Gathering New Data

As decision-makers begin to see the value in customer data analytics, they naturally look for ways to gather and organize as much data as possible. This goal is noble and can help an entire organization develop a more holistic view of their clients and customers.

But the data is not a static collection of numbers with intrinsic worth. Instead, they are pieces of a puzzle. And opening new doors to accept more data increases the depth with which that business can better understand their customers.

Making Sense of the Data

As marketing teams gather traffic data, sales agents ask insightful questions during checkout/onboarding, and customer service agents collect user feedback, it becomes more challenging to integrate various analytics tools for accurate reporting.

Few systems do it all, and as such, you have to figure out ways to integrate multiple analytics tools. Partnering with a digital transformation team can greatly alleviate the growing pains. But in the end, your efforts to make sense of the data will enhance your ability to attract and retain customers.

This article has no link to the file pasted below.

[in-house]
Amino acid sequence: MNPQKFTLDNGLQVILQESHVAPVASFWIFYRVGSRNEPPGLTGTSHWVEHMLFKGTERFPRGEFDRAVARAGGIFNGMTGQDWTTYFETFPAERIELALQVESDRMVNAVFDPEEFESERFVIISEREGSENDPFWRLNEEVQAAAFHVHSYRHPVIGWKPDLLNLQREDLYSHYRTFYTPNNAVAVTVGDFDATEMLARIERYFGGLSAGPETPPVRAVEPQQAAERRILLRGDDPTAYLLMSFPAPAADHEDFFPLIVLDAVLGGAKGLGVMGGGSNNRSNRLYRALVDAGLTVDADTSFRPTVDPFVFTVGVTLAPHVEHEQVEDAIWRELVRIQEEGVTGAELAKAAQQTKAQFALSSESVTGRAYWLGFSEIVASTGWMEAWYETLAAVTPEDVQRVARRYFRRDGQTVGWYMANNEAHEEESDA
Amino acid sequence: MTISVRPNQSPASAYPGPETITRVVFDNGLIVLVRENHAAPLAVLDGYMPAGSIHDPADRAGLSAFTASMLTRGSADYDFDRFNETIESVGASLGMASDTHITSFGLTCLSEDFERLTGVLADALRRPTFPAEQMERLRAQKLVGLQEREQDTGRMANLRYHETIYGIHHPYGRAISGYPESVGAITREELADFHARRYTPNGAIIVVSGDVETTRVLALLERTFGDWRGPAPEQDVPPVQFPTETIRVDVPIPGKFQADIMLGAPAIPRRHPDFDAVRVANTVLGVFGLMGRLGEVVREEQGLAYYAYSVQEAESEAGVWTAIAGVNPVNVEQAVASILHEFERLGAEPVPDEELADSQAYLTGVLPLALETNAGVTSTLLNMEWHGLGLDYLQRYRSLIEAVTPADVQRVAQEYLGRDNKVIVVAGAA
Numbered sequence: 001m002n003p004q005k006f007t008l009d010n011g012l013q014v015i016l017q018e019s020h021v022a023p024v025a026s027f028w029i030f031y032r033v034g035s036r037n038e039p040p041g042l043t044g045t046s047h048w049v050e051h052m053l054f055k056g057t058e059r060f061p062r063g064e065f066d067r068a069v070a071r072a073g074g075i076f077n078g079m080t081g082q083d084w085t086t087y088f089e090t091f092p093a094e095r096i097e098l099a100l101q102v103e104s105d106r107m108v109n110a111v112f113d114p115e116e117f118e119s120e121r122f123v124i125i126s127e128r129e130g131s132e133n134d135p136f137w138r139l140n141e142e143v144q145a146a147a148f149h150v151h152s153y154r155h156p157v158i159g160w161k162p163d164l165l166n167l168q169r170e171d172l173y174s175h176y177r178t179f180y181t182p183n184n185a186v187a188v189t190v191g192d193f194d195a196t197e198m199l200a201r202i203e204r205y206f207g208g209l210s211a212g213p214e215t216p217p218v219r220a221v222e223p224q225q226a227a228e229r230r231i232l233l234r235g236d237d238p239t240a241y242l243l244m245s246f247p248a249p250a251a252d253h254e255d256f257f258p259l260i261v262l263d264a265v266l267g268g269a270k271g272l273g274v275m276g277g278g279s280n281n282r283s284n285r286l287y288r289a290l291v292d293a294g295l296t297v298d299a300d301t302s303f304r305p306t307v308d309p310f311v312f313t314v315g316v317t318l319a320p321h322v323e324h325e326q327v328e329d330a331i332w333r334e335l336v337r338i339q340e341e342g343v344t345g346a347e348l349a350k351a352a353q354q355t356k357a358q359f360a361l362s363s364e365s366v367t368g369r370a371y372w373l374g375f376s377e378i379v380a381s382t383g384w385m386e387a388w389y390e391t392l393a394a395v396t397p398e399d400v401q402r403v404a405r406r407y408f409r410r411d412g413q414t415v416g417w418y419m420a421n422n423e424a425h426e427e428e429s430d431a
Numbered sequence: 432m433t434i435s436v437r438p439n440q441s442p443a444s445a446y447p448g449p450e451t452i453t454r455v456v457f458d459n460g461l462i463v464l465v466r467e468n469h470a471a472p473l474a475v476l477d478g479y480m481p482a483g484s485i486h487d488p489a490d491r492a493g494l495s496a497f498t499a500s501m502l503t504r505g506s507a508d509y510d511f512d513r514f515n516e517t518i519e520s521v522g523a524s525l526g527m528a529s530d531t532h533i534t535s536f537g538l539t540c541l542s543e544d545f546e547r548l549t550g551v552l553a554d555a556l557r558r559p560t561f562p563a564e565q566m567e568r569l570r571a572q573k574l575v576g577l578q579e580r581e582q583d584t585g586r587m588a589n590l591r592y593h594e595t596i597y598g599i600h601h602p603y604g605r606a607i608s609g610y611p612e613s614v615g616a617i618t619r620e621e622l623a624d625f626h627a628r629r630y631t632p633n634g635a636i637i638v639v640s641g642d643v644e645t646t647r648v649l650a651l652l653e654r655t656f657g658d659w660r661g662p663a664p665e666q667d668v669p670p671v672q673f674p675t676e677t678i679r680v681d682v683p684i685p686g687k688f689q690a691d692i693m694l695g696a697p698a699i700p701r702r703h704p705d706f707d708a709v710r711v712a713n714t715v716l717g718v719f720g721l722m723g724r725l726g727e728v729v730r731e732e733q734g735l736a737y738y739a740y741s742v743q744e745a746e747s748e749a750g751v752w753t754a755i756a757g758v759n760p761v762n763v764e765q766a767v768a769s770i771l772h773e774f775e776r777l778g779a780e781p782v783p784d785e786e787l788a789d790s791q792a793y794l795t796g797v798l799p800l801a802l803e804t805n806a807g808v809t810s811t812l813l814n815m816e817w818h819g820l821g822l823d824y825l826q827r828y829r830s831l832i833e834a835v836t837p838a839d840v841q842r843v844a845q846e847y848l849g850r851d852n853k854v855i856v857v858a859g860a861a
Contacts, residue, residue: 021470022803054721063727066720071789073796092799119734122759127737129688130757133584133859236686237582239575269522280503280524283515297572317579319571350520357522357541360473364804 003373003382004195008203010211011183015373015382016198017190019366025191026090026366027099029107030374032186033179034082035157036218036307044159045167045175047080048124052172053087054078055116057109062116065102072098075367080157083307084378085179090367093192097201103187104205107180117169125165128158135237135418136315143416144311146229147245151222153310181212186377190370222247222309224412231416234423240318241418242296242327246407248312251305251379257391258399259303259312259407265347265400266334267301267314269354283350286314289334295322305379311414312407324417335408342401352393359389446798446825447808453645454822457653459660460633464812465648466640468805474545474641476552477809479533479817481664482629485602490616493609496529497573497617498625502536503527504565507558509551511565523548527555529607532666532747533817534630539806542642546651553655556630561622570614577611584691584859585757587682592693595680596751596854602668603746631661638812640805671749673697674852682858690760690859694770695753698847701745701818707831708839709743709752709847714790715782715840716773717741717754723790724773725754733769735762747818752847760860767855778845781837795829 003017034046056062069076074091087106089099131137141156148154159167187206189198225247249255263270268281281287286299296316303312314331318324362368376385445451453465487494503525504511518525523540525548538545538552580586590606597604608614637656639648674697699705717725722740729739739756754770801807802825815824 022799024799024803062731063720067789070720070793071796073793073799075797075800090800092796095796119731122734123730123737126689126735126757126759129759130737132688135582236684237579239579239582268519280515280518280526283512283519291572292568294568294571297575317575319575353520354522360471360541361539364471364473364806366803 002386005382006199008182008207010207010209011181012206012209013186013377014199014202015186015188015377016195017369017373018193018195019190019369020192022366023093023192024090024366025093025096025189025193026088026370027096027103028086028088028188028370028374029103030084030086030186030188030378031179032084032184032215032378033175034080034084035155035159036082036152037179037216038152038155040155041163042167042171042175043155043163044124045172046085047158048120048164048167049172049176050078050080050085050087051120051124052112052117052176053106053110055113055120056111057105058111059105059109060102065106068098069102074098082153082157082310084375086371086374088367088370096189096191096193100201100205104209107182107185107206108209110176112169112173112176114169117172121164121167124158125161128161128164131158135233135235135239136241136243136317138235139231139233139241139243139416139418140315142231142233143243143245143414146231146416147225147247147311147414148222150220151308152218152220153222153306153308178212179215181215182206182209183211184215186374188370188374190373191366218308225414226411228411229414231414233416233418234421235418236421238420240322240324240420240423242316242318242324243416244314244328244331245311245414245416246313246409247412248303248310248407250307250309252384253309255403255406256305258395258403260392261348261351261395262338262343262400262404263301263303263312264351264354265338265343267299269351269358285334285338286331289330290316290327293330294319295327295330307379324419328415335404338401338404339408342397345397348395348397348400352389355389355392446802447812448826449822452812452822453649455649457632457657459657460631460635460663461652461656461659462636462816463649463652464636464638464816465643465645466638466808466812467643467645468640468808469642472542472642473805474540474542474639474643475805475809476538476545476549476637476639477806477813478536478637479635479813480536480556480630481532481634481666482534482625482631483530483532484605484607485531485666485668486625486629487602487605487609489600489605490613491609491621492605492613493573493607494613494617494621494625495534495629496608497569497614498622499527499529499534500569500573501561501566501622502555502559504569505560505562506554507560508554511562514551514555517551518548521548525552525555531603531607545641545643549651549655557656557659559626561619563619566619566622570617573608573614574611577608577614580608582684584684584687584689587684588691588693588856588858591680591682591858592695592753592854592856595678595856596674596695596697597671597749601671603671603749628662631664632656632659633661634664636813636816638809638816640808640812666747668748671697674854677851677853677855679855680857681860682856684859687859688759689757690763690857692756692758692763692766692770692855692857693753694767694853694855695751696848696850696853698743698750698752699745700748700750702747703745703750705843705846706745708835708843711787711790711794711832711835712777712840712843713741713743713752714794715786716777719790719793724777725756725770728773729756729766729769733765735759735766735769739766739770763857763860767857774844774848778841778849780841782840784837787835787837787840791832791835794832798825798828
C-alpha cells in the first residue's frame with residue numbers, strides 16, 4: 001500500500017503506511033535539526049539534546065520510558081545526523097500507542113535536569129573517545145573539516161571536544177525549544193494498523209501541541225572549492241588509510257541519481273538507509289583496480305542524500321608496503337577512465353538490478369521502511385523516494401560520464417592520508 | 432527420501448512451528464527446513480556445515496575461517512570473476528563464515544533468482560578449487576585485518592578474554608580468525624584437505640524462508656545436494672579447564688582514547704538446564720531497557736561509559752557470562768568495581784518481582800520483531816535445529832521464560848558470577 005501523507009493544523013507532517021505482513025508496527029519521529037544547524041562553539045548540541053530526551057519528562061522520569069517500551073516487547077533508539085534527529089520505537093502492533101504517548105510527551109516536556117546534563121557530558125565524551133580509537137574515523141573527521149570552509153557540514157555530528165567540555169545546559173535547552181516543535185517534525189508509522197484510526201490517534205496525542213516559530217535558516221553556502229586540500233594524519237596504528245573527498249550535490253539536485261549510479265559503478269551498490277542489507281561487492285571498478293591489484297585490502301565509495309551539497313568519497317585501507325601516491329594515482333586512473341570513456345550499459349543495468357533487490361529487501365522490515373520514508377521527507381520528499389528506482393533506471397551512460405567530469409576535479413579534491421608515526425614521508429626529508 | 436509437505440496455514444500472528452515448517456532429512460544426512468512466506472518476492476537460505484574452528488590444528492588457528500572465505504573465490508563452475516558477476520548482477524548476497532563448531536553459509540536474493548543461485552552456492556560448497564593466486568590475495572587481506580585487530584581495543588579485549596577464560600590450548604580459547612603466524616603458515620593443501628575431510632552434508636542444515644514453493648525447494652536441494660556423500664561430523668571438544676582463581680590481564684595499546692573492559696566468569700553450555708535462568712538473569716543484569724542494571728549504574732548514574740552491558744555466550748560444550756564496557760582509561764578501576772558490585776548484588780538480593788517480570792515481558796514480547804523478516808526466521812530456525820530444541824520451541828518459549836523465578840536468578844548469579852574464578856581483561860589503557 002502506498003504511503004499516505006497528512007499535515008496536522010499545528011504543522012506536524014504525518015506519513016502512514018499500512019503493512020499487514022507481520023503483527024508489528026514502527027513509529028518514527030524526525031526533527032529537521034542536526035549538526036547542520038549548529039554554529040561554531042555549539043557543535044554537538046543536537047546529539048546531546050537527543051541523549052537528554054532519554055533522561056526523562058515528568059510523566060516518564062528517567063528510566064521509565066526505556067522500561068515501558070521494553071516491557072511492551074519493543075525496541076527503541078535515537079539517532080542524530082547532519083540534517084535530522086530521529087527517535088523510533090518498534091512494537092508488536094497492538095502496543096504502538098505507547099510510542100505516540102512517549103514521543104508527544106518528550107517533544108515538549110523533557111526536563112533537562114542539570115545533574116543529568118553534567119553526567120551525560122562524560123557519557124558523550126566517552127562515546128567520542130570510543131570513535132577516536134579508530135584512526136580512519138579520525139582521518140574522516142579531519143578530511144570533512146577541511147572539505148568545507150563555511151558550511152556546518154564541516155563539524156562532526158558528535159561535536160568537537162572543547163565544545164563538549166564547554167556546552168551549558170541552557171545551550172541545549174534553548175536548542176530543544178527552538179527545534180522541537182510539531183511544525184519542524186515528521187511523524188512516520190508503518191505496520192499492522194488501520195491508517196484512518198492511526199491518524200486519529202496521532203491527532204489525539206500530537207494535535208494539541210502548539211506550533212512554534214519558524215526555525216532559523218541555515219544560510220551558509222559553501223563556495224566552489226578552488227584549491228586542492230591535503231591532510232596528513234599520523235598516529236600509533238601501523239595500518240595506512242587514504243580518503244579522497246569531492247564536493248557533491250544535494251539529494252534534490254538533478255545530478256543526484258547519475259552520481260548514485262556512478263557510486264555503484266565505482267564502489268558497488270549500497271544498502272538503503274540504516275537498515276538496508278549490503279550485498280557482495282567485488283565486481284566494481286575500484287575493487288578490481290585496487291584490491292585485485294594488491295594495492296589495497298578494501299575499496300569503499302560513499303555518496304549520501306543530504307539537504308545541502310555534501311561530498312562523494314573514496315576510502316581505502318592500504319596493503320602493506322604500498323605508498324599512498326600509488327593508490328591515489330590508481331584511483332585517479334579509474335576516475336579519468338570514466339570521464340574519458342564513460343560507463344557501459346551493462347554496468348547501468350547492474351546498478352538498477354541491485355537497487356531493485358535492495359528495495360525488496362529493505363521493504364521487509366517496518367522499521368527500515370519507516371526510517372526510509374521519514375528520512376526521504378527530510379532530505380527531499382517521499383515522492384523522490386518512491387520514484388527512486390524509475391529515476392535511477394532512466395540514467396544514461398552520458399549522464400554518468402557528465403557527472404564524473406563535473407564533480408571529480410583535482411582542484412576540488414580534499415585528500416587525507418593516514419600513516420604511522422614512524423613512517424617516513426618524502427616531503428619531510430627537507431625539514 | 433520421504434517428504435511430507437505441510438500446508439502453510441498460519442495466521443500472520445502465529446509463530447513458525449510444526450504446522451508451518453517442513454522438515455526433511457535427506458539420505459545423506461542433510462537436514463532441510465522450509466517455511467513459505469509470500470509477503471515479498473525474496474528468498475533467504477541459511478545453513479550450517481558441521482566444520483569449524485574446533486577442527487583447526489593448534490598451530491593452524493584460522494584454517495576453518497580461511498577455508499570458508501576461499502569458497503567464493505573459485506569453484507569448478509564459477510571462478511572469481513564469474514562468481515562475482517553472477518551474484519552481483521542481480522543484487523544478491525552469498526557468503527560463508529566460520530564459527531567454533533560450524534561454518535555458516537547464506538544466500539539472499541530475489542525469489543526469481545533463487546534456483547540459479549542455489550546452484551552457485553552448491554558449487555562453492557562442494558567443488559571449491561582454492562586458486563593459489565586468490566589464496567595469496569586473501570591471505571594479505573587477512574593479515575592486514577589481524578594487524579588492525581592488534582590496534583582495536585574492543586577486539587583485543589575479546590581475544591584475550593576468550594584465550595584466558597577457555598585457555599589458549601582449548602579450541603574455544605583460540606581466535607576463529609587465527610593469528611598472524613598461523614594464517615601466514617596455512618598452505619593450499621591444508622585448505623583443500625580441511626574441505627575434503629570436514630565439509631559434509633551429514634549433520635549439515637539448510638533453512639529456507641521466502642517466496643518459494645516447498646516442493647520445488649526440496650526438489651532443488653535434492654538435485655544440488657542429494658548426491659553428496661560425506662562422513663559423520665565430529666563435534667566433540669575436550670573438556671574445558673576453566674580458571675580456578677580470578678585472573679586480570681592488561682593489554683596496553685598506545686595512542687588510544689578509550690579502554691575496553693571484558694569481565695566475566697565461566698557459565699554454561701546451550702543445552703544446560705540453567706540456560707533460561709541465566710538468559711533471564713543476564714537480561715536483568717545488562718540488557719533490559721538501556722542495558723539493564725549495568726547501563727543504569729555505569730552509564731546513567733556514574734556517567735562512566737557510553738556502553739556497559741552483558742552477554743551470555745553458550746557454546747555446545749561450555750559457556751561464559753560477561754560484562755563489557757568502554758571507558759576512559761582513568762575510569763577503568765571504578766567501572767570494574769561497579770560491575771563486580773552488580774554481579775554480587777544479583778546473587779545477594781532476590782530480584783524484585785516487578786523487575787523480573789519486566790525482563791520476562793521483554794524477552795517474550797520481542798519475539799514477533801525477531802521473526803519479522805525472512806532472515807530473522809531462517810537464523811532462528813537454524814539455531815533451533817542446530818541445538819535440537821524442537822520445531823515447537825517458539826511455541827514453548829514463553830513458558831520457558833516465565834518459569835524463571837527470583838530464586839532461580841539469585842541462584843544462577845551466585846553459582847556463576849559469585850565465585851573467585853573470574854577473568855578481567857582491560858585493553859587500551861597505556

Value Creation Opportunities

Since no organization is perfect, most employees, managers, and executives take certain internal constraints for granted. But once decision-makers gain an intimate look at customer analytics, the number of system constraints grows. Value creation becomes a two-pronged strategy to lower costs and increase sales.

System Constraints

A system constraint is any operational hurdle to meeting customer expectations. Commercial excellence means embracing a process of ongoing improvement. This approach means observing problem “stations” within a company’s entire process.

Constraints can exist within production, distribution, marketing, sales, and customer service. Exposing these constraints allows managers to improve or revamp parts of the process that increase waste and raise costs.